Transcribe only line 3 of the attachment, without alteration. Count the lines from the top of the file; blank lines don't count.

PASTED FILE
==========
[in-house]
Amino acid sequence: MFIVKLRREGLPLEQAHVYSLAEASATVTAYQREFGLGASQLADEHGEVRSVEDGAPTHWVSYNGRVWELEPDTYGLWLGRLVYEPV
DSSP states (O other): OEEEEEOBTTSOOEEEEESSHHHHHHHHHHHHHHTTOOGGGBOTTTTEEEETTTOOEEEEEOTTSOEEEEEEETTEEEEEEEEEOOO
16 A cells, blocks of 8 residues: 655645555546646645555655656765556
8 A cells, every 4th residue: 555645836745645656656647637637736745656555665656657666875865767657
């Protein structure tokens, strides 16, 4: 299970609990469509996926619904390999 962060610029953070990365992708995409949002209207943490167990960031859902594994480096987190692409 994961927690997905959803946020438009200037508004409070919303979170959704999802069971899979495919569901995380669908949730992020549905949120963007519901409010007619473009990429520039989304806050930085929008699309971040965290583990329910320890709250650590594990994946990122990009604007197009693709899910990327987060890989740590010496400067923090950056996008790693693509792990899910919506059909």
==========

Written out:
DSSP states (O other): OEEEEEOBTTSOOEEEEESSHHHHHHHHHHHHHHTTOOGGGBOTTTTEEEETTTOOEEEEEOTTSOEEEEEEETTEEEEEEEEEOOO